Daley Blind is many things, most of them admirable. He is, we learned last season, a perfectly acceptable leftback and a willing, if limited, midfielder. Thus far this season we have learned that he is also a much better central defender than anybody had assumed, albeit one that can be exposed by any of the Premier League's bigger lumps. Wherever he plays, he passes with accuracy and imagination. He is useful. He is versatile. He is a utility player.
The term "utility player" sounds a little like an insult, but it is in fact one of football's finer compliments: in a world of highly specialised cutlery, of fish knives and asparagus forks and grapefruit spoons, there will always be a place for the humble and versatile spork. And while a few others in the squad have started to show some admirable versatility — Ashley Young able to play anywhere up and down the left; Marouane Fellaini a midfielder, a striker and a belligerent giraffe — we're comfortable in proclaiming Blind to be Manchester United's best utility player since John O'Shea.
But Daley Blind will never be John O'Shea.
This Saturday, O'Shea — now captain of Sunderland — returns to Old Trafford. If he's fit, and if he fits into Dick Advocaat's increasingly desperate attempts to forge some kind of coherent team, then he'll play against Manchester United, the club for which he made nearly 400 appearances, scored 15 goals, and won five league titles and a European Cup. Also the club for which, in the process of his career, he appeared in every outfield position and, for one glorious and sadly brief cameo, in goal.
Utility players aren't quite the supremely useful players they once were, thanks to the expansion of the subs bench, but if somebody can cover two or three positions without a drop in quality, then no squad's going to suffer for it. Blind's problem (if not being John O'Shea can be considered a problem, which obviously it must) is that he fits far too well into each of his jobs. Maybe it's his pretty face; maybe it's his rock-solid Ajax-schooled technique. Either way, whatever he tries to do, he looks right doing it. He doesn't just do a job: he actually looks like, variously, a decent (if slightly slow) left back; a clever and smooth (if slightly weak) centre half; and a competent (if slightly diffident) midfielder. He looks, in short, like whatever footballer he's asked to be.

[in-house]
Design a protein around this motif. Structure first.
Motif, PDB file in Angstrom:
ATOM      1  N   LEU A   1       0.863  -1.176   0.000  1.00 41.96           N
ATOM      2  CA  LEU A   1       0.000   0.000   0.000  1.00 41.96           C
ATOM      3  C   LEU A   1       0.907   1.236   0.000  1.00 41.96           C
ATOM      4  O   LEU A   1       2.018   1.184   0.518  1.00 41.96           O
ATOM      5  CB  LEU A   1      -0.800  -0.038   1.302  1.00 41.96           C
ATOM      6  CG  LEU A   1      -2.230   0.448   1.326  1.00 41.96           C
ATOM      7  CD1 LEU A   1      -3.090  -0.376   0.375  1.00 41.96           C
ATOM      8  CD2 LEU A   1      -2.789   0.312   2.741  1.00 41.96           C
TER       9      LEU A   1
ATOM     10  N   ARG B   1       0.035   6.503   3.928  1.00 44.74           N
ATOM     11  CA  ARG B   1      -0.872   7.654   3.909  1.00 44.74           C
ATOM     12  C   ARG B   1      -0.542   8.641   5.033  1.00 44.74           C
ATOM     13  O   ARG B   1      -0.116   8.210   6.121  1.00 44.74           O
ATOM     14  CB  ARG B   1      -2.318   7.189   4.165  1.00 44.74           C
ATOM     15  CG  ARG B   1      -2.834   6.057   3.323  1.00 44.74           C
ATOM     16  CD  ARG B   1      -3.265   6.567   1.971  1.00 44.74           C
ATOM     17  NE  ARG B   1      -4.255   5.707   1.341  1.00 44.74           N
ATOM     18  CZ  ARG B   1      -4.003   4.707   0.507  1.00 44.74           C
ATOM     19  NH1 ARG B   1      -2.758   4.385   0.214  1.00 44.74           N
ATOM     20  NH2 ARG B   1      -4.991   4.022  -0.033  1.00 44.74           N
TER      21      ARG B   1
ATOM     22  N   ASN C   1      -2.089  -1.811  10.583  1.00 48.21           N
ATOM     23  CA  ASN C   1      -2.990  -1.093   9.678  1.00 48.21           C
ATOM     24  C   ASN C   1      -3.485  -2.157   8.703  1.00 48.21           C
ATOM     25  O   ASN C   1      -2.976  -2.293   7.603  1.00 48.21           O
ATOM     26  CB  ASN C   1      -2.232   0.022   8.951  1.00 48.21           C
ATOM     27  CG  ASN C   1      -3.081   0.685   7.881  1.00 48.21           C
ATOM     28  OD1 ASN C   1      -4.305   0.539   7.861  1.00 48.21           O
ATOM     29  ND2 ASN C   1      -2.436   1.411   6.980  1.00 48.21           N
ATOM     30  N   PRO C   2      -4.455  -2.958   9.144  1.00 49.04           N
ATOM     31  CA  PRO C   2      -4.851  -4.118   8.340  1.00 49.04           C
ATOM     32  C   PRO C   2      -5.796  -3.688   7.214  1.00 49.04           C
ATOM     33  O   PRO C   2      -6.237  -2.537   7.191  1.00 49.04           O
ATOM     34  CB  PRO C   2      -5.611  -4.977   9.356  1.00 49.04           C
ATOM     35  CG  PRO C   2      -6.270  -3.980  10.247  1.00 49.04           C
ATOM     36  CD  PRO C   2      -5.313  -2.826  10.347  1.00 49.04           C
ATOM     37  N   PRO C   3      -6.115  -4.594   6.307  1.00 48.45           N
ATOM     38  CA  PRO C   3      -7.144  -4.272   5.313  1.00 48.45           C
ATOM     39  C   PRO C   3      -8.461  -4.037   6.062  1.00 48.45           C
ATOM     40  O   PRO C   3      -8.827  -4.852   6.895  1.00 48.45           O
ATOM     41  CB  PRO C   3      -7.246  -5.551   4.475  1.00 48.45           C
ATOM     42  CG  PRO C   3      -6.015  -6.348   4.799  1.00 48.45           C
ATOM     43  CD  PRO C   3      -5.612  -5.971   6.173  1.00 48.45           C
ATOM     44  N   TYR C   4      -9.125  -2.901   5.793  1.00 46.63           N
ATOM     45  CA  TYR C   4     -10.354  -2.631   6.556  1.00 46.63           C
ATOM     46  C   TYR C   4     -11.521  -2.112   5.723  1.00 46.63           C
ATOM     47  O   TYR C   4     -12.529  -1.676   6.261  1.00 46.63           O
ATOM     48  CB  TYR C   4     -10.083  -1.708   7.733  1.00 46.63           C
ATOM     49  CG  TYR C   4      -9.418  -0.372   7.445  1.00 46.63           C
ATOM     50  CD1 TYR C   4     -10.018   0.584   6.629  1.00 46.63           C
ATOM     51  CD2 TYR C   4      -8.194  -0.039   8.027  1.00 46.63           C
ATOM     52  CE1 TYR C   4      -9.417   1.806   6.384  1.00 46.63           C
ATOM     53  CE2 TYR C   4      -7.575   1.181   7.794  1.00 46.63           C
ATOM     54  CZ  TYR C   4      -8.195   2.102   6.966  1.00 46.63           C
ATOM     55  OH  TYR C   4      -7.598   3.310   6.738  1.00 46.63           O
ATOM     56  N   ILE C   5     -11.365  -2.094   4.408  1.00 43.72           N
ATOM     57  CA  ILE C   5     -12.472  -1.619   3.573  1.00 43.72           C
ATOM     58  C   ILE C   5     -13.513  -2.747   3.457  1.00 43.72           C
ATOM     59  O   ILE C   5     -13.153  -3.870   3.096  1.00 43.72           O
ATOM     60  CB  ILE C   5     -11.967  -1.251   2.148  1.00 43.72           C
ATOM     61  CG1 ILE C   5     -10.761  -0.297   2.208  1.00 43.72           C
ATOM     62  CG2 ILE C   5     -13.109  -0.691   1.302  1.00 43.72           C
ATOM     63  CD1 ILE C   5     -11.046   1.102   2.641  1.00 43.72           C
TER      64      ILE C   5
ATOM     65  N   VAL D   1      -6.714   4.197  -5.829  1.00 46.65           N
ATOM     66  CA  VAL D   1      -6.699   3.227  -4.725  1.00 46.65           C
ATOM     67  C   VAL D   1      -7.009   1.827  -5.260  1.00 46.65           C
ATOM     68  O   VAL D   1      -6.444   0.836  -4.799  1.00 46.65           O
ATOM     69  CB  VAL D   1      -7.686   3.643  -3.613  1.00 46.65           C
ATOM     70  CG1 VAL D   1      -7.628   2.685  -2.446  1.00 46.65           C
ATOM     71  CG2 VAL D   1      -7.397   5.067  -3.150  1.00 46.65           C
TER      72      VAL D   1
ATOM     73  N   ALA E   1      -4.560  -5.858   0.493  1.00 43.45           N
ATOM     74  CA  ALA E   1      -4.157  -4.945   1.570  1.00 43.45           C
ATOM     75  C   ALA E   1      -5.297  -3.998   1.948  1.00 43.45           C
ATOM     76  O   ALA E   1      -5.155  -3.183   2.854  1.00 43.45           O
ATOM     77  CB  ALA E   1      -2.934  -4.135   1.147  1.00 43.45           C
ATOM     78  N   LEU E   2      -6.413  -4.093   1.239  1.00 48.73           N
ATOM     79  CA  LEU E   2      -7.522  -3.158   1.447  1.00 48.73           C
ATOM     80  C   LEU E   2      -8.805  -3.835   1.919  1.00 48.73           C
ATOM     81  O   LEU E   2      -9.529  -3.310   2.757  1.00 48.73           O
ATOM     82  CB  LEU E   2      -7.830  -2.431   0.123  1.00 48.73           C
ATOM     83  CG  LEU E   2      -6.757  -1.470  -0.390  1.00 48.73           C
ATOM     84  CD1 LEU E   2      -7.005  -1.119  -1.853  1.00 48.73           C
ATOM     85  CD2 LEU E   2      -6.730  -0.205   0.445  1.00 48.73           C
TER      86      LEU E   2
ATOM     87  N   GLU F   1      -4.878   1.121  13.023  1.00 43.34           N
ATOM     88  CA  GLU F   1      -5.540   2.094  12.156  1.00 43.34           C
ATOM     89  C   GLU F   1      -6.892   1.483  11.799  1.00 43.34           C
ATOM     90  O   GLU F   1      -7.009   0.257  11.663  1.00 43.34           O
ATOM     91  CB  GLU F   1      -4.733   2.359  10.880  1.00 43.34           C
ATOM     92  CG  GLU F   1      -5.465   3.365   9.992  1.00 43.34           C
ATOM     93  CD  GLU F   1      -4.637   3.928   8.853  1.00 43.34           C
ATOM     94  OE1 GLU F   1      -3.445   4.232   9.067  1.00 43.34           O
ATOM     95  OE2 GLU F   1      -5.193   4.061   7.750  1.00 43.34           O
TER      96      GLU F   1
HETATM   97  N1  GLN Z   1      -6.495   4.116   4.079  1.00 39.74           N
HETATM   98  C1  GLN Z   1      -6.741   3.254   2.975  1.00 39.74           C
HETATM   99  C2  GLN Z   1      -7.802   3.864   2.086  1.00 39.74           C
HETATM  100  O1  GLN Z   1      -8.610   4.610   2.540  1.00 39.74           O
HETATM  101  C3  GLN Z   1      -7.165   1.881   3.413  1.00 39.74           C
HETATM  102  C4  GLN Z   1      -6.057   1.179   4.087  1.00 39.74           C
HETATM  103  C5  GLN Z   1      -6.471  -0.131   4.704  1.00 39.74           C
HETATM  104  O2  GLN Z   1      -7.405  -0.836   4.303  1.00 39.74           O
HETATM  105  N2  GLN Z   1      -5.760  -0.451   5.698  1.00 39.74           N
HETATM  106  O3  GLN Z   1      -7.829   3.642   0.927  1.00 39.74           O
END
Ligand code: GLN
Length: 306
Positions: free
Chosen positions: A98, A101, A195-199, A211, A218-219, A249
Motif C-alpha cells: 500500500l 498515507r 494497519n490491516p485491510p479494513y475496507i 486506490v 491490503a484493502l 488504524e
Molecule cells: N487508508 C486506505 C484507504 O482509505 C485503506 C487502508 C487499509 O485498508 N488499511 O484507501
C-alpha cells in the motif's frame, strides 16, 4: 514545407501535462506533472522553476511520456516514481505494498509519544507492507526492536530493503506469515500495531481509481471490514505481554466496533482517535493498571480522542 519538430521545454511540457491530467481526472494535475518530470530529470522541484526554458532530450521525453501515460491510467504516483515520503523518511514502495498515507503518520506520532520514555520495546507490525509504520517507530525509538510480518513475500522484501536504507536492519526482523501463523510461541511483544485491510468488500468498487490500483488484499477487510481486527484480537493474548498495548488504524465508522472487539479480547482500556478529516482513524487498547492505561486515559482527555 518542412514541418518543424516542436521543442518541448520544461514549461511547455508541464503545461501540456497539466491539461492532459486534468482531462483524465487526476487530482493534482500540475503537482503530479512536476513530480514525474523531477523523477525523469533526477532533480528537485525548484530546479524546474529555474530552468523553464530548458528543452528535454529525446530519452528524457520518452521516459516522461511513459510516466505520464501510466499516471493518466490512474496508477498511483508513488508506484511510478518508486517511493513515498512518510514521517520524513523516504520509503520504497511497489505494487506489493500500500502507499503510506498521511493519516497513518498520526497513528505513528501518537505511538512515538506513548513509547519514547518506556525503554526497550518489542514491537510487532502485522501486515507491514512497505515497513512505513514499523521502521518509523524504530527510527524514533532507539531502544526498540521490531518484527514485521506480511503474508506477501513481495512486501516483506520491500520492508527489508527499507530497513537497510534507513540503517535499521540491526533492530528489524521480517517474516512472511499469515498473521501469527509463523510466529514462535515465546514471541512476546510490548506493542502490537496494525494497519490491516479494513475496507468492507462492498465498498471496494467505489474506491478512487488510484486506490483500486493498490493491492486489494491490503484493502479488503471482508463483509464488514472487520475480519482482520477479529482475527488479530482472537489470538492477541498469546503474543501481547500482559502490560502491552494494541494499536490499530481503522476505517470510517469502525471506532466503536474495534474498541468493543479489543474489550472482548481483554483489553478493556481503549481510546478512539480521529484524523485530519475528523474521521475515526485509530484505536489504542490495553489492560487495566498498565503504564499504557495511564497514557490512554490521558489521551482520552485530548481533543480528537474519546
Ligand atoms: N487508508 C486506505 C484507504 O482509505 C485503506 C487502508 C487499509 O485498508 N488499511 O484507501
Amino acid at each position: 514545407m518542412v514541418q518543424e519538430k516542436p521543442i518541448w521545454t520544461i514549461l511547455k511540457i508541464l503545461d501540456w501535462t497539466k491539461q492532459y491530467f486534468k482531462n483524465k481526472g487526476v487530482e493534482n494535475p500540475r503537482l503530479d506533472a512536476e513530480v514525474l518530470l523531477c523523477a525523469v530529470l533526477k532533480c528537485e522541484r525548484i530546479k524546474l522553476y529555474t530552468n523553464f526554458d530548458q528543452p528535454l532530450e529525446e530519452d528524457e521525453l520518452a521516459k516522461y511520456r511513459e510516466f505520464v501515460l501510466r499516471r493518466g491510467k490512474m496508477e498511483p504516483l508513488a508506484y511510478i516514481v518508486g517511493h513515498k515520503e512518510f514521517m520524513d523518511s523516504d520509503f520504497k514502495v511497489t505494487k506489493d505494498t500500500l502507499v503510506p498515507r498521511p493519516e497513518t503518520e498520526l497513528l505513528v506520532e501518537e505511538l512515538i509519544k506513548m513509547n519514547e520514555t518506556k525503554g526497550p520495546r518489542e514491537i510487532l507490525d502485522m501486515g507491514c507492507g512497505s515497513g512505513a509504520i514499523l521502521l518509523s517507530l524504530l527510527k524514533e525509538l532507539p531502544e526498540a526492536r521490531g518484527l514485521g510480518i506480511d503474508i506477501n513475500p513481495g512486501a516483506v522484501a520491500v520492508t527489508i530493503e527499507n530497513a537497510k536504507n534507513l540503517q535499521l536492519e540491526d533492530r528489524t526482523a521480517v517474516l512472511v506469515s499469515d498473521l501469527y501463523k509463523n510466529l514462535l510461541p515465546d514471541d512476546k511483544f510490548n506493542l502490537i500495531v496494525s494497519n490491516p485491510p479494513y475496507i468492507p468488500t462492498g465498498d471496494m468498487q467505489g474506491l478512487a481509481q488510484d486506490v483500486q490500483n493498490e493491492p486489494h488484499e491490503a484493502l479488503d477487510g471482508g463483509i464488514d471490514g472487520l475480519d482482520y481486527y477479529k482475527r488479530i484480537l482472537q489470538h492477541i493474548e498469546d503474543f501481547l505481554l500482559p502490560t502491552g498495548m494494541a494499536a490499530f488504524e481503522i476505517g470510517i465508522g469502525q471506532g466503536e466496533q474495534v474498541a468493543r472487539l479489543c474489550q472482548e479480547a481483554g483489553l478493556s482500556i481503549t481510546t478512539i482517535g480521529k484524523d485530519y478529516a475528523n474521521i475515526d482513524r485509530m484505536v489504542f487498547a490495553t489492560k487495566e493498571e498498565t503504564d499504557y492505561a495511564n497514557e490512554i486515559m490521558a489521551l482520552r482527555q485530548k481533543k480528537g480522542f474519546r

Whereas O'Shea — and this is obviously a grotesquely superficial way to evaluate anybody, which we're justifying by the fact that we are all grotesquely superficial creatures — always looked, essentially, to be filling in. A high-level manifestation of that friend you have who is happy to turn up to five-a-side if you're a player down, and happy to play wherever.
At the back? No worries. Oh, no need to thank me, I didn't have any plans this evening anyway. And then at the end of the game, when he's done quite well in whatever positions he'd been dropped into, then it's handshakes all round. Good fun. Enjoyed that. Give me a shout if you're short next week.
As we say, horribly unfair. John O'Shea was a persistent presence at a football team who were consistently among the best in the world, and he was there on merit. So he must have been both a fine athlete and an extraordinary footballer. Yet apart from the brief early period where he threatened to turn into a terrifying leftback, an urge he thankfully quashed, he was always filling in. Scoring winners at Liverpool because he had nothing better to do. Shanking shots against West Ham because he was just lending a hand. Not by choice or by preference but by the unwritten, hardwired rules of his very existence.
It's just how he's made. Go down to a cellular level, and John O'Shea doesn't have red blood cells, white blood cells, mitochondria, haemoglobin and all the other biological bits and bobs that make up a human body. He is composed of a million million identical and interchangeable cells, each doing whatever needs to be done, and each doing it with admirable and surprising competence. All of his internal organs are the same colour and shape, yet each is doing a different job. All of his teeth are the same size, but some tear, some grind, and some just hang around vaguely hurting in a way that's distracting, yet not quite worth taking to the dentist.
Which is why Daley Blind, who will be a very useful footballer for however many seasons he remains at the club and who will hopefully win silverware in similarly ridiculous amounts, will never be John O'Shea. You wouldn't throw him the gloves if the keeper gets sent off, and you wouldn't give him a ring if your sink was blocked. Blind can do several things, pretty well; John O'Shea, back in his prime, could do anything.
Those days are gone: now he's very much a central defender, and by no means a fixture in Sunderland's team. But his return to Old Trafford this weekend affords another opportunity to remember just how special he was. He may not have been anybody's favourite player, and he may not have been a first-team fixture for most of his United career, but he was something more, something greater. He was the man the Swiss Army would call when they didn't know what to do. He was the utility player's utility player. He was the spork's spork.